The state of the economy more broadly is just as concerning as the state of net and gross debt in this country. We do have the slowest economic growth that we've had in this country for the 10 years since the global financial crisis. Australia is now in a per capita recession—the longest one since the 1982 recession. The national economy has fallen from the eighth fastest growing in the OECD in 2013 to the 20th fastest growing today. We've got stagnant wages that are growing eight times slower than profits; rising underemployment and youth unemployment; slowing employment growth; five years of weak productivity growth—productivity growth has actually fallen every quarter for the past year; weak household spending; falling consumer confidence; weak business conditions; a sluggish retail sector; business investment at the lowest level since the 1990s recession; and living standards, as we saw yesterday in the release of the HILDA data, that are growing slower under the Liberals than they were growing under Labor. They've actually gone backwards when it comes to incomes. This is an extraordinary list of economic data. Really, it's a report card on those opposite and the last six years of economic mismanagement.
We do have below-average growth from a below-average government and, because of that, the Reserve Bank has had to do all the heavy lifting. It's now got interest rates at one per cent, a third of what they were during the global financial crisis—quite remarkable. Joe Hockey was wondering around saying that interest rates at three per cent were at emergency levels. Now we have interest rates at a third of that, because the economy is underperforming so badly and the Reserve Bank is not getting the assistance that it needs on fiscal policy from this government.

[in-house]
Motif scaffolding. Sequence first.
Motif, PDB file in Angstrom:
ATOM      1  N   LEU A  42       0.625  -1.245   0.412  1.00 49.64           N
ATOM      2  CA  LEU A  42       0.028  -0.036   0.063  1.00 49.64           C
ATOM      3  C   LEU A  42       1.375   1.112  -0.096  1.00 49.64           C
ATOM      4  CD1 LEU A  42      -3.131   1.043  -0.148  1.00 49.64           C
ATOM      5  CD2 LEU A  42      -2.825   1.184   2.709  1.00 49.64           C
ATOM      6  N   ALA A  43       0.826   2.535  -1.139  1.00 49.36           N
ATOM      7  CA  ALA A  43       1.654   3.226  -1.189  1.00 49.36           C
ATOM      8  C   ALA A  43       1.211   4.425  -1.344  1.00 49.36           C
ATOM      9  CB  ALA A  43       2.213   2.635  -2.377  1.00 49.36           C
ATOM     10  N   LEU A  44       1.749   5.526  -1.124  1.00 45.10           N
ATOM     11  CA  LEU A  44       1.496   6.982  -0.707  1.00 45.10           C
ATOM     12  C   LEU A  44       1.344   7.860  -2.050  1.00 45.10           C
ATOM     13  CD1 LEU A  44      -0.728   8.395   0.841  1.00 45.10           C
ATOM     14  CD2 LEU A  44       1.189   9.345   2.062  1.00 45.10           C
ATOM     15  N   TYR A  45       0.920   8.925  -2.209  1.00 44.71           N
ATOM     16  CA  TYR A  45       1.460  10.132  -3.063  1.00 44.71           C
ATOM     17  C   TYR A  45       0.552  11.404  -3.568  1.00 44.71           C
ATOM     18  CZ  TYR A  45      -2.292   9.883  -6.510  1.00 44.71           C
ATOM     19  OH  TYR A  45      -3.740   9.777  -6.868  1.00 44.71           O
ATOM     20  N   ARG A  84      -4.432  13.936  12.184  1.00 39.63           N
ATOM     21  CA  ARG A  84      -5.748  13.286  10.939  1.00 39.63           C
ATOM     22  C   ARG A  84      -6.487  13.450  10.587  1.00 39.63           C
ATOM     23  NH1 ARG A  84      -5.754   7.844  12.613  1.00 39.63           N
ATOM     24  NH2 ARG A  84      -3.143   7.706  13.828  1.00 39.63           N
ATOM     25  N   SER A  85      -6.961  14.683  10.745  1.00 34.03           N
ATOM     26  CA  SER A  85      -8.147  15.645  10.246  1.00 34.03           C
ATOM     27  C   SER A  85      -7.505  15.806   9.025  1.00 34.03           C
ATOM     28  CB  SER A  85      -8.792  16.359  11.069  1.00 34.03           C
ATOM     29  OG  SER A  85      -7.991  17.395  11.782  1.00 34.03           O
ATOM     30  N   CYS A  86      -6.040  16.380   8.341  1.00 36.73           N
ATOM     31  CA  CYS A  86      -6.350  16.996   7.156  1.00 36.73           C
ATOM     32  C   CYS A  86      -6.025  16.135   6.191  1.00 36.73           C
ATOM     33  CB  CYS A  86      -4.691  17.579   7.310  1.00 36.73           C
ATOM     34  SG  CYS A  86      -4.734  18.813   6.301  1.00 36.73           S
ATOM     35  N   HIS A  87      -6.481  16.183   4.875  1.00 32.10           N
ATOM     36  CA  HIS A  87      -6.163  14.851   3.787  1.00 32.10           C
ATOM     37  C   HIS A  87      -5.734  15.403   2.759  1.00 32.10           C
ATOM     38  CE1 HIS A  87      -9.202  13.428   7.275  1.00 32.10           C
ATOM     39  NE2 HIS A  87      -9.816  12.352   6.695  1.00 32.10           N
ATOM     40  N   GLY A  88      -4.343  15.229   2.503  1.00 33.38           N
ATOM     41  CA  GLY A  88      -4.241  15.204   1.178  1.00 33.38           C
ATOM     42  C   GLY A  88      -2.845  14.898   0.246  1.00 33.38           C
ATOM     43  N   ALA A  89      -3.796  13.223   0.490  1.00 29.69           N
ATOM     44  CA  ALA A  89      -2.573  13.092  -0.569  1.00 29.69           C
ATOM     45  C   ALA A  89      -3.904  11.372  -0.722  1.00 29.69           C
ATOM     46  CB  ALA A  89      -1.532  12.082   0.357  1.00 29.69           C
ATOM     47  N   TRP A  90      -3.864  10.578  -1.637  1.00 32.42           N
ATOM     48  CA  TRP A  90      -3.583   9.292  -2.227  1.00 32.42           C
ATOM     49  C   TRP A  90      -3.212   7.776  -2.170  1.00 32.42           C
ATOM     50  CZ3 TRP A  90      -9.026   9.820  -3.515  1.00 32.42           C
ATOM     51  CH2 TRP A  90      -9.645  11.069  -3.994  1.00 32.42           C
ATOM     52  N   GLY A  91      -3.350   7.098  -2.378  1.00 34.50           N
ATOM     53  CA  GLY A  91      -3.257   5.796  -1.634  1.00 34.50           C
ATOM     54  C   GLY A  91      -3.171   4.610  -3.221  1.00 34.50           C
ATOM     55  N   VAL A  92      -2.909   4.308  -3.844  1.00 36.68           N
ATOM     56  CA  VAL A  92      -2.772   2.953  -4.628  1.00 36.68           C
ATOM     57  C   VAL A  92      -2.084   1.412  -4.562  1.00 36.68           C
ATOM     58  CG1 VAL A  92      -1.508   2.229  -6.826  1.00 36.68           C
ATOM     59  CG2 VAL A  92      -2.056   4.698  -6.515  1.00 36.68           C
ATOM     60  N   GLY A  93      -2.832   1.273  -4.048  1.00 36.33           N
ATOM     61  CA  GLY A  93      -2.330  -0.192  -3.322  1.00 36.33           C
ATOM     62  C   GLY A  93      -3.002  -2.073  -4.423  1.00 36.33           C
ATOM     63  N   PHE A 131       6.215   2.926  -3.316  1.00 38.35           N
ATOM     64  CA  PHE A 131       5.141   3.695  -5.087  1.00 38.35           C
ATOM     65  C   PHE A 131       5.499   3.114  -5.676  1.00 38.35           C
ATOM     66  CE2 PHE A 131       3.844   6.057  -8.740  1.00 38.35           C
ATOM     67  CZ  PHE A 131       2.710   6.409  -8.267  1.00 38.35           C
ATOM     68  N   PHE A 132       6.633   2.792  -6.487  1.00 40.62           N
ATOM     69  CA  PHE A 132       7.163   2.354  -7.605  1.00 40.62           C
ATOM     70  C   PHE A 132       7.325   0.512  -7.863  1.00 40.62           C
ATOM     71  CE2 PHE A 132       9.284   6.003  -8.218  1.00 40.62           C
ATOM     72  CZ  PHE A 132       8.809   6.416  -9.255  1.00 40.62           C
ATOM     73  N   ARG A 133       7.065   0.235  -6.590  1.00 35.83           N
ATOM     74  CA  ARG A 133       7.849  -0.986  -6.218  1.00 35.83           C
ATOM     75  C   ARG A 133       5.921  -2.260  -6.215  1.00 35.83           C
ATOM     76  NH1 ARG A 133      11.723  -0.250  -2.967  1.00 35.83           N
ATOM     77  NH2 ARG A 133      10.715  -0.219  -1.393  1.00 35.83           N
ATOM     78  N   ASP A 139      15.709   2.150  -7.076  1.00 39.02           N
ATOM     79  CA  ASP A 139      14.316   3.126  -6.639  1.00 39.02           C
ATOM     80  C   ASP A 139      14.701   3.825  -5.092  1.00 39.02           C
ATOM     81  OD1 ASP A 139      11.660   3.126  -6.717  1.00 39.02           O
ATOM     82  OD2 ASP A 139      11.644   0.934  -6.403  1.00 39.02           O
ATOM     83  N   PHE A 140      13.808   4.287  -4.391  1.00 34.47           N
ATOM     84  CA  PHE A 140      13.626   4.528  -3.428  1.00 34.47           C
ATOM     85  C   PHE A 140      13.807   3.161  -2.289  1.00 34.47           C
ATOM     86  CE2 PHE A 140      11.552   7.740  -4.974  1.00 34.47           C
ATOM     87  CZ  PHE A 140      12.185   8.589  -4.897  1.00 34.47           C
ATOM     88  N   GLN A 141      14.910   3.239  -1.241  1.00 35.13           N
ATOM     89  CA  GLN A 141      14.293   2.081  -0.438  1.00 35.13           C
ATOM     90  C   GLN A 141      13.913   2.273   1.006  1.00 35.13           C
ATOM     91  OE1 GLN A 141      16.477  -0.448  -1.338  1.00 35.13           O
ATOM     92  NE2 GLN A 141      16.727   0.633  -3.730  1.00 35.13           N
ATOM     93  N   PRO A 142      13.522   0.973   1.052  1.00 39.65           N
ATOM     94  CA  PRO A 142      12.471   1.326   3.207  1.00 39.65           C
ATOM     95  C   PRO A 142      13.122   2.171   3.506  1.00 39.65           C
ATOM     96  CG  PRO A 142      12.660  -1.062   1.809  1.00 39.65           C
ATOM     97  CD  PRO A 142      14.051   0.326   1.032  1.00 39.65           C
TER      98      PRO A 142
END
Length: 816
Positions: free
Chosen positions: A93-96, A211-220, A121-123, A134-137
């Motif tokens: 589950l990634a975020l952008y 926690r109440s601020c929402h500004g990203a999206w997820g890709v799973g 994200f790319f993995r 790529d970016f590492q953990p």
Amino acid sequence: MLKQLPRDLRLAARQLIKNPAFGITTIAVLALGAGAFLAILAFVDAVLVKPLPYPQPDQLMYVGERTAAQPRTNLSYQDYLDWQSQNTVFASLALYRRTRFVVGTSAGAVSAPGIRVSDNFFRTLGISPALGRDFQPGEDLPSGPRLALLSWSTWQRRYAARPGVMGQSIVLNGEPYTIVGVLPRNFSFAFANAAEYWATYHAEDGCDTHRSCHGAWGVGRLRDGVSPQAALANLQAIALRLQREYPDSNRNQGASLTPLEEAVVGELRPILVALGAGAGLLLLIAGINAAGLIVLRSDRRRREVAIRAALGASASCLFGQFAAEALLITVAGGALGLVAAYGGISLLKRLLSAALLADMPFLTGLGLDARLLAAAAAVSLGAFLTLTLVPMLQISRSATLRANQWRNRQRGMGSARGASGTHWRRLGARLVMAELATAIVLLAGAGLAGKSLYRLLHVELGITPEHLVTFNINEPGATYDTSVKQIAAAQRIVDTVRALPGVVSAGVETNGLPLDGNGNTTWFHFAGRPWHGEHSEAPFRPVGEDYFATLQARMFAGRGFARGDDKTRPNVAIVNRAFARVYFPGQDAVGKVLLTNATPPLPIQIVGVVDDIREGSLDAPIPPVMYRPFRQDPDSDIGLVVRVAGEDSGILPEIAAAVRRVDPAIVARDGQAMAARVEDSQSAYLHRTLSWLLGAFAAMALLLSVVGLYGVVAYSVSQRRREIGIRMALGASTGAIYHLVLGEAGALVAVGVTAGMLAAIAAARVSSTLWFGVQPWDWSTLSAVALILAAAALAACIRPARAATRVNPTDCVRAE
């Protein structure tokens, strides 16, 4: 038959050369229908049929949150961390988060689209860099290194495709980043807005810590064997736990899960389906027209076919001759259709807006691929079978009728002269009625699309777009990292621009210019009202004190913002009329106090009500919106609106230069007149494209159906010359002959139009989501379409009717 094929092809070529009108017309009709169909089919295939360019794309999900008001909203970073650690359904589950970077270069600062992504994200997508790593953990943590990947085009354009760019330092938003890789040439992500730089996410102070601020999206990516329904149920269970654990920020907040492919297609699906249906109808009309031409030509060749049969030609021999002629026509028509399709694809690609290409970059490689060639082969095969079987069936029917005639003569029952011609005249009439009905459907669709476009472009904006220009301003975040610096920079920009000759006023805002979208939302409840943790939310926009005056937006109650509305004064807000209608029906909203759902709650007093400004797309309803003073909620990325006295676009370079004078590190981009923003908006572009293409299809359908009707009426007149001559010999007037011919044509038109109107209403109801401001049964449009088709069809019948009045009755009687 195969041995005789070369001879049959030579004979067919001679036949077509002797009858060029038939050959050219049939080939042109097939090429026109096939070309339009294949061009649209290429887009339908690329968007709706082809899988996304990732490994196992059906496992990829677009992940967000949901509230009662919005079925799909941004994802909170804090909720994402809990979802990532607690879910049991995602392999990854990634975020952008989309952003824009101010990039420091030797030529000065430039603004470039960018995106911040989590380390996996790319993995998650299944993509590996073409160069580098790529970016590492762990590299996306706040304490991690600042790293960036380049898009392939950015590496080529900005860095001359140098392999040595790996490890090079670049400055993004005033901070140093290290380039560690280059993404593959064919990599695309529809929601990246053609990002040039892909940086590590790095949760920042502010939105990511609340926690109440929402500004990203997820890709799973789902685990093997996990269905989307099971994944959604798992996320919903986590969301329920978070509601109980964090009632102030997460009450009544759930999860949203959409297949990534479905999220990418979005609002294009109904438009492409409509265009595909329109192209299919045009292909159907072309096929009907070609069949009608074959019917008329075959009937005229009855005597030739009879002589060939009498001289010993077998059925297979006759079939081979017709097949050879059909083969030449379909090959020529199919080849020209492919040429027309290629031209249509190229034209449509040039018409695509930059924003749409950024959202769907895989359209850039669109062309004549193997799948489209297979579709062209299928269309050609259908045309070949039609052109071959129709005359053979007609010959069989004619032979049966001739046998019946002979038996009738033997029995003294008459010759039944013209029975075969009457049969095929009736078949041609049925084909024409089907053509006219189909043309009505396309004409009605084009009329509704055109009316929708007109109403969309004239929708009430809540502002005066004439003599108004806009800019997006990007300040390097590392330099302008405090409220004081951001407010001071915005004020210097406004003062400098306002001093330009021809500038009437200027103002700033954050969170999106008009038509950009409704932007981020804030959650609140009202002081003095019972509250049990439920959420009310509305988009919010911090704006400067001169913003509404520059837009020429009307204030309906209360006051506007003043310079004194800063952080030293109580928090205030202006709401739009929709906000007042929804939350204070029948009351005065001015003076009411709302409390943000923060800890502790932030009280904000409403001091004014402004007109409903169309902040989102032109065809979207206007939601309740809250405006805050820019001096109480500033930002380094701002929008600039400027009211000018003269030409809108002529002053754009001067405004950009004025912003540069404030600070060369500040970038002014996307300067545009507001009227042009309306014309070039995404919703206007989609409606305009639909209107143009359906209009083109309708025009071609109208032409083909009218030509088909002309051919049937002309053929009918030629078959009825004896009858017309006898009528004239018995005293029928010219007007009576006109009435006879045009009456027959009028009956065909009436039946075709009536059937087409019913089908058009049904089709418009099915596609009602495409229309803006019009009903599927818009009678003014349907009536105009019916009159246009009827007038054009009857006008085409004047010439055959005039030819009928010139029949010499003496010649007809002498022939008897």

Now, I think it's true that the failures that I just ran through, which is quite a stunning set of facts—not opinions, but facts—are not all a result of a failure to deal with multinational tax avoidance, but a failure to deal with multinational tax avoidance is a part of the problem. It's a problem for the budget and our society because it's about being able to fund essential services. It's a problem for our economy because every dollar of tax that isn't paid here is a dollar that could have been spent on services, repairing the budget, or investing in productivity to get the economy growing strongly again and in a sustainable way.